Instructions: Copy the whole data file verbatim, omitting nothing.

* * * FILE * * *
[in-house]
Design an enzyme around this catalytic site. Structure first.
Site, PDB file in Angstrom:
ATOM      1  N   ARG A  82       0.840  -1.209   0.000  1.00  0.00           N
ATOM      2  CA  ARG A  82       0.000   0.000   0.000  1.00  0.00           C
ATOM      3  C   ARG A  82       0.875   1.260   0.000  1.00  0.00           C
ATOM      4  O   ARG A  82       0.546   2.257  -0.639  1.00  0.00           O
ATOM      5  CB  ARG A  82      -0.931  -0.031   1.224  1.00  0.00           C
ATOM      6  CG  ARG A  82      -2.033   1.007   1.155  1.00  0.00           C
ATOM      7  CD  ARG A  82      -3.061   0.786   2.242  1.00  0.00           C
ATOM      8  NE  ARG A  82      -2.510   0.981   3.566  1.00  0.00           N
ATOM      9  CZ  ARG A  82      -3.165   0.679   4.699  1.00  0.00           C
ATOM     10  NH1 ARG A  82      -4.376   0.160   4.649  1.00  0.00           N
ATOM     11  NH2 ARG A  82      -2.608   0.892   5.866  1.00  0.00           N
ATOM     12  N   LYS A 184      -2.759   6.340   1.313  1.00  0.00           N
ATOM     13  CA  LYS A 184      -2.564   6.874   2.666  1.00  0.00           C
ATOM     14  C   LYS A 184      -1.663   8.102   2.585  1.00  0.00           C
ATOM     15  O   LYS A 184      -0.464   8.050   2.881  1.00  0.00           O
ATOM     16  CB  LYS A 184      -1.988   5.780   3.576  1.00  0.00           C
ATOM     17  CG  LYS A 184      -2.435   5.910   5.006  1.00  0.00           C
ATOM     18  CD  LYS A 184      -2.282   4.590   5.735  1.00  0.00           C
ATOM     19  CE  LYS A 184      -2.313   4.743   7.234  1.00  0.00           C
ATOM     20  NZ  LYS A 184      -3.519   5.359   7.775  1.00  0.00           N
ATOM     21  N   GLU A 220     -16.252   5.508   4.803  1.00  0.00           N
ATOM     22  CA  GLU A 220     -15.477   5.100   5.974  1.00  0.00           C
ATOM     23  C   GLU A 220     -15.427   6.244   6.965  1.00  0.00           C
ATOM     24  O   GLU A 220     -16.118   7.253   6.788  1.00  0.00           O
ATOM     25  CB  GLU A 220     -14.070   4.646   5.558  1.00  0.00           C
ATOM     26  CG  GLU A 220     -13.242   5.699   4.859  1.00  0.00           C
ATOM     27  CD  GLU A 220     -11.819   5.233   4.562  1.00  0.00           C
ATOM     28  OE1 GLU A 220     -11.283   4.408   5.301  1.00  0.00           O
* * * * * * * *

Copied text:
[in-house]
Design an enzyme around this catalytic site. Structure first.
Site, PDB file in Angstrom:
ATOM      1  N   ARG A  82       0.840  -1.209   0.000  1.00  0.00           N
ATOM      2  CA  ARG A  82       0.000   0.000   0.000  1.00  0.00           C
ATOM      3  C   ARG A  82       0.875   1.260   0.000  1.00  0.00           C
ATOM      4  O   ARG A  82       0.546   2.257  -0.639  1.00  0.00           O
ATOM      5  CB  ARG A  82      -0.931  -0.031   1.224  1.00  0.00           C
ATOM      6  CG  ARG A  82      -2.033   1.007   1.155  1.00  0.00           C
ATOM      7  CD  ARG A  82      -3.061   0.786   2.242  1.00  0.00           C
ATOM      8  NE  ARG A  82      -2.510   0.981   3.566  1.00  0.00           N
ATOM      9  CZ  ARG A  82      -3.165   0.679   4.699  1.00  0.00           C
ATOM     10  NH1 ARG A  82      -4.376   0.160   4.649  1.00  0.00           N
ATOM     11  NH2 ARG A  82      -2.608   0.892   5.866  1.00  0.00           N
ATOM     12  N   LYS A 184      -2.759   6.340   1.313  1.00  0.00           N
ATOM     13  CA  LYS A 184      -2.564   6.874   2.666  1.00  0.00           C
ATOM     14  C   LYS A 184      -1.663   8.102   2.585  1.00  0.00           C
ATOM     15  O   LYS A 184      -0.464   8.050   2.881  1.00  0.00           O
ATOM     16  CB  LYS A 184      -1.988   5.780   3.576  1.00  0.00           C
ATOM     17  CG  LYS A 184      -2.435   5.910   5.006  1.00  0.00           C
ATOM     18  CD  LYS A 184      -2.282   4.590   5.735  1.00  0.00           C
ATOM     19  CE  LYS A 184      -2.313   4.743   7.234  1.00  0.00           C
ATOM     20  NZ  LYS A 184      -3.519   5.359   7.775  1.00  0.00           N
ATOM     21  N   GLU A 220     -16.252   5.508   4.803  1.00  0.00           N
ATOM     22  CA  GLU A 220     -15.477   5.100   5.974  1.00  0.00           C
ATOM     23  C   GLU A 220     -15.427   6.244   6.965  1.00  0.00           C
ATOM     24  O   GLU A 220     -16.118   7.253   6.788  1.00  0.00           O
ATOM     25  CB  GLU A 220     -14.070   4.646   5.558  1.00  0.00           C
ATOM     26  CG  GLU A 220     -13.242   5.699   4.859  1.00  0.00           C
ATOM     27  CD  GLU A 220     -11.819   5.233   4.562  1.00  0.00           C
ATOM     28  OE1 GLU A 220     -11.283   4.408   5.301  1.00  0.00           O